CAP Budget 2021-2027 : In response to the crisis, meet more challenges with less budget

Posted on

Loss of 40 billion in constant euros, Maintained in current euros,
Less for the recovery, 40% of the budget to be oriented on climate & environment

 21 July 2020

After a 4-day marathon European Council, the Heads of State and Government gave the European Union a budget of €1074.3 billion for the period (in 2018 constant euros) reinforced by a recovery budget of €750 billion (€390 billion in grants and €360 billion in loans).

For the CAP, the agreed budget amounts to €258.594 billion (in 2018 constant euros) for the 1st Pillar and €77.85 billion for the 2nd Pillar. Under the recovery budget, €7.5 billion will be added to the 2nd Pillar budget.

In total, €343.95 billion (2018) will finance CAP actions over the next 7 years.

If in current euros, and assuming inflation at 2%/year over the period, the CAP 2021-2027 budget is broadly stable compared to the previous period (2014-2020); expressed in 2018 constant euros, it is down by €39 billion (-10.2%), i.e. slightly more than a full year of first pillar aid.

A little less than half of this decrease can be linked to the cost of Brexit for the CAP, the UK was a net funder of the CAP for about €2.7 billion/year.

Therefore, including the recovery plan, European farmers are being asked to finance some €20 billion of other European policies.

Compared to the Commission’s latest proposals, the budget for the first pillar remains more or less the same, the budget for the second pillar increases by €2.8 billion over the period, but the allocation for the recovery is halved, from €15 billion to only €7.5 billion.

The use of the remaining €7.5 billion is not subject to any particular guidelines from the Heads of State. The negotiations linked to the Omnibus Recovery package will be crucial to ensure that recovery actions are more targeted and relevant as the envelope is constrained.

In the context of a decreasing budget, and even more so for the 2nd pillar, the distribution of the €77.85 billion of the latter provides additional allocations at the rate of 100 million for Belgium, 650 for Germany, 300 for Ireland, 300 for Greece, 500 for Spain, 1 600 for France, 100 for Croatia, 500 for Italy, 50 for Cyprus, 250 for Austria, 200 for Slovakia, 300 for Portugal and 400 for Finland.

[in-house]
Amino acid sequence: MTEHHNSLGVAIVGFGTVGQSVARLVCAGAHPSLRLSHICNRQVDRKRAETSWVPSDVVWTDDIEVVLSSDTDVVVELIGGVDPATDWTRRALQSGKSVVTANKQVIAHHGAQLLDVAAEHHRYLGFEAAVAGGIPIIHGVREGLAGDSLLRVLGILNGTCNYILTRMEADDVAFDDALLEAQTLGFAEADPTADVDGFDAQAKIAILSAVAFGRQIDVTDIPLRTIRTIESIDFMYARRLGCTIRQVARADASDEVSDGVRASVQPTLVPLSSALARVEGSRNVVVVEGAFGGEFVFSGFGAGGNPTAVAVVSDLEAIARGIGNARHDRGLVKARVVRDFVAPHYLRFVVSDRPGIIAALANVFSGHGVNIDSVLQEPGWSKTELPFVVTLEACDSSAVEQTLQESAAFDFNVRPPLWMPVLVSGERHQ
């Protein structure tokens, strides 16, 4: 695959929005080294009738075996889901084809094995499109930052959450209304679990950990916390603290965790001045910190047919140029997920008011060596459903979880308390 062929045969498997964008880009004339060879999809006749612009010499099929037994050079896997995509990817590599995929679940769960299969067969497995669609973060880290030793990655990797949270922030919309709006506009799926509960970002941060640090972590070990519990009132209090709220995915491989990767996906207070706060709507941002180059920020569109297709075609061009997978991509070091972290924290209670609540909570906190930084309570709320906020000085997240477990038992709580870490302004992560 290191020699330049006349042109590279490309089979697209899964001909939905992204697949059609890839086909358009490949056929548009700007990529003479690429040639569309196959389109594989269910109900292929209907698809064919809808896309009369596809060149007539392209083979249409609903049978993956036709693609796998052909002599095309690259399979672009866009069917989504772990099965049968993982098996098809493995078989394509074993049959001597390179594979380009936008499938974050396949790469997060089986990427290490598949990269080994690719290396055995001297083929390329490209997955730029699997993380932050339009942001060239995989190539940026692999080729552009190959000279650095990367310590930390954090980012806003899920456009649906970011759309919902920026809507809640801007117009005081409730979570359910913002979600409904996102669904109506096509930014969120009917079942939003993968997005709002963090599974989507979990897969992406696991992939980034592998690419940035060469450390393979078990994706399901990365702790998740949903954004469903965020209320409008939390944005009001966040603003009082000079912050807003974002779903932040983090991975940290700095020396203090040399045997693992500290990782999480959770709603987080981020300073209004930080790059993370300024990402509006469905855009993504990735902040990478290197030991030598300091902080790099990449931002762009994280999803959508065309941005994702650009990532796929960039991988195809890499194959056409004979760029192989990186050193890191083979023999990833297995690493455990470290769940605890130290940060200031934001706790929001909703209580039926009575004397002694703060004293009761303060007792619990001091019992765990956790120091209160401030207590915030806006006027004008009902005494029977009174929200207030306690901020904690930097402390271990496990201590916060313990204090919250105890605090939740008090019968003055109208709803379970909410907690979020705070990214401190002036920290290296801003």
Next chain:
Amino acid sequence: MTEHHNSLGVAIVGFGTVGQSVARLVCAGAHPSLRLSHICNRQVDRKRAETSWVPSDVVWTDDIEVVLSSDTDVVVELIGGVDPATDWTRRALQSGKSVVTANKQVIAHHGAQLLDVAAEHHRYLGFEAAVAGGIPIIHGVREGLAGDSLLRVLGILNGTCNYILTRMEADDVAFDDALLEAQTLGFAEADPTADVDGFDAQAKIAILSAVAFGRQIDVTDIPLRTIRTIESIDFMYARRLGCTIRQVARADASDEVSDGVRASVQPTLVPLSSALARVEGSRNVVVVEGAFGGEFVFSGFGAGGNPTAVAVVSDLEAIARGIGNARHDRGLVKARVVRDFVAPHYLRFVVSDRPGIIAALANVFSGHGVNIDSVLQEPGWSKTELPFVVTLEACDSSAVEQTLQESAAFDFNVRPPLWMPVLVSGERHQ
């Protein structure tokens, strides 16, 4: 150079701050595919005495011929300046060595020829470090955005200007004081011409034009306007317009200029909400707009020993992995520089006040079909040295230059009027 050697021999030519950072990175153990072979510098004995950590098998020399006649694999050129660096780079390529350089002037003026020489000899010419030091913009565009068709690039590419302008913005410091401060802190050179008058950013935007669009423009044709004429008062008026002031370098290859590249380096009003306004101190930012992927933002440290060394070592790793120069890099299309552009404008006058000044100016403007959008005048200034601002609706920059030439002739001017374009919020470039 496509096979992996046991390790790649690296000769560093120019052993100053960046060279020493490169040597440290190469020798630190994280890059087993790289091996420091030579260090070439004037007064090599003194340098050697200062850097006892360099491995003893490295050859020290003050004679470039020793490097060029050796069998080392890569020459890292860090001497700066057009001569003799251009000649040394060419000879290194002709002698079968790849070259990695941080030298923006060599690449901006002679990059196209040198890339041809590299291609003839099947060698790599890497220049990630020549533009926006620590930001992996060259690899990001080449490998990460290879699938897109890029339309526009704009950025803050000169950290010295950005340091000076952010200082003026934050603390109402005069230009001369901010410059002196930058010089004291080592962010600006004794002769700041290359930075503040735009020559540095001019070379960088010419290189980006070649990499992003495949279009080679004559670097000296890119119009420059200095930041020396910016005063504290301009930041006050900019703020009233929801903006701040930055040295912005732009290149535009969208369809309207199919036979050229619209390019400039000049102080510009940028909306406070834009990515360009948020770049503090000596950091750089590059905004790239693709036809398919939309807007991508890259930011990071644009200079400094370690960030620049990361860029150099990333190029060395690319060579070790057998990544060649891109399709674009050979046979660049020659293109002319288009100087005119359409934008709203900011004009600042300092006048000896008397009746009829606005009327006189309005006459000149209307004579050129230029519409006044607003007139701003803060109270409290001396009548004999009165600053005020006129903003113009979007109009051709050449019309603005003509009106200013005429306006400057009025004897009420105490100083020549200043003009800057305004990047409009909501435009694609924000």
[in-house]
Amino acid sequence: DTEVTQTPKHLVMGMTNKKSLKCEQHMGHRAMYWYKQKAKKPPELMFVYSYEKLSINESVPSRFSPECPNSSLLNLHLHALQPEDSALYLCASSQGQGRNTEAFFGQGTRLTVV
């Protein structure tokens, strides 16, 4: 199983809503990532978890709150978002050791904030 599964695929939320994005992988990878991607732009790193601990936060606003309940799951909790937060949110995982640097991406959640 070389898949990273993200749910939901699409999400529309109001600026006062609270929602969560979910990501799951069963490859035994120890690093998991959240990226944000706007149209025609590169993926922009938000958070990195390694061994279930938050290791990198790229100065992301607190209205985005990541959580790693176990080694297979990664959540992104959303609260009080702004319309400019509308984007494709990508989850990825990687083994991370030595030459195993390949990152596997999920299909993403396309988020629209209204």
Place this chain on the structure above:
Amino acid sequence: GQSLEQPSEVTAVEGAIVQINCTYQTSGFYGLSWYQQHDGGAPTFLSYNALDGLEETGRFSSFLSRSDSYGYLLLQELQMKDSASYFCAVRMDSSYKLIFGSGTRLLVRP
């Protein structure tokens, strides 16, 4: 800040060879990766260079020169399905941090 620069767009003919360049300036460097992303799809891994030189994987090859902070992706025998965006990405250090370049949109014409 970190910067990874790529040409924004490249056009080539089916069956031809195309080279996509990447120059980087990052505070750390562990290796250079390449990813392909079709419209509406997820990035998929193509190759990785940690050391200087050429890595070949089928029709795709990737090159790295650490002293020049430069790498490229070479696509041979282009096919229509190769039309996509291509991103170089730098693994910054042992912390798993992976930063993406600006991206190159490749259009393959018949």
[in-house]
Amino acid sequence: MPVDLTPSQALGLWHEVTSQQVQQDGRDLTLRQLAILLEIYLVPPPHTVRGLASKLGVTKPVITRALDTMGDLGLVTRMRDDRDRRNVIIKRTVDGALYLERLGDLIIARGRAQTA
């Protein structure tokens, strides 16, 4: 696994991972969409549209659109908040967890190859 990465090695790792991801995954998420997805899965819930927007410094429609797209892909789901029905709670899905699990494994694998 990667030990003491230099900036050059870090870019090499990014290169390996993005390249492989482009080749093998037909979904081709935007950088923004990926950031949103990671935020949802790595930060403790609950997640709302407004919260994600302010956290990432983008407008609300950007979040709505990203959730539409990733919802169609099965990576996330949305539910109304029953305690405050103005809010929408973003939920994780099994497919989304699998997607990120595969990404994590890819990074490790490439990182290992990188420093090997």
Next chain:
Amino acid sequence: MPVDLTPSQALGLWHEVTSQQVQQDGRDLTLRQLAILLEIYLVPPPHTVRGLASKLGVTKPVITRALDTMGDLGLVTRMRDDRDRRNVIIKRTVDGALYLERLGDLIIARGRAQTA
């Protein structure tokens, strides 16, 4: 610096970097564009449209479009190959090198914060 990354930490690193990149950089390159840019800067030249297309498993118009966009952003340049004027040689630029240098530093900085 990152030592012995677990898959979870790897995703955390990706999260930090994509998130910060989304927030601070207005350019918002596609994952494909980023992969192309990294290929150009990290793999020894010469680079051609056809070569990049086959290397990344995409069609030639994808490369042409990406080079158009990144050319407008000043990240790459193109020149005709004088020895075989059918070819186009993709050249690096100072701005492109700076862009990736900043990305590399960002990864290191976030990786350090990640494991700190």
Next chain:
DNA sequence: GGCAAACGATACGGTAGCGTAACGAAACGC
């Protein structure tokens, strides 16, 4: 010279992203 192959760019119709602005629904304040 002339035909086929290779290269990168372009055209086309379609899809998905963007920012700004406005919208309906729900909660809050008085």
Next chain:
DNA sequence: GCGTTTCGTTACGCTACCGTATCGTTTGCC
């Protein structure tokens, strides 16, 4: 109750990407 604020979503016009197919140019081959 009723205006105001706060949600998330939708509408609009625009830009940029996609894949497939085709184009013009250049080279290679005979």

In addition, the European Council defined, in parallel with the CAP budget, certain parameters for the future CAP reform which will apply from 2023 (and until 2027):

  • While 30% of the European budget (including recovery) is to be linked to climate actions, a target of 40% is set for the CAP as a whole. However, no direction is given to the green architecture of the new CAP (unlike in 2013 where the European Council had clarified what greening should be).
  • Convergence of direct payments levels between Member States: over the period, 50% of the gap to 90% of the EU average will have to be closed, with aid/ha not falling below national averages in the EU of €200/ha in 2022 and €215/ha in 2027.
  • The capping of direct payments will be done on a voluntary basis at a possible level of EUR 100 000 of basic direct payments per beneficiary, whereby wage costs can be excluded.
  • The crisis reserve will have to be endowed with €450 million (in current euros) at the beginning of each year and will be fed primarily by clearances, budgetary margins and, as a last resort, by financial discipline. Unspent amounts will be transferred from one year to the next, with no increase in the reserve beyond the €450 million. It should be noted that this amount is lower than the current reserve (480 million in current euros) and that its capped mechanism already undermines the credibility of its action.
  • Budget transfers from the 1st pillar to the 2nd pillar will be up to 42% at the choice of the Member States, with 25% to finance any action chosen from the 2nd pillar, 15% to finance only environmental actions and 2% for measures in favour of young farmers.
  • Transfers from the second pillar to the first pillar may be up to 25% and may be increased to 30% for Member States whose direct aid is less than 90% of the European average.
  • The maximum basic European co-financing for 2nd pillar measures is set at 43%, 10 points lower than at present. It is 80% for the outermost regions and 85% for less developed regions. For environmental measures, non-productive investments, EIP and Leader actions, it may be as high as 80%. For measures financed via a budget transfer from the first to the second pillar, EU co-financing may be up to 100%.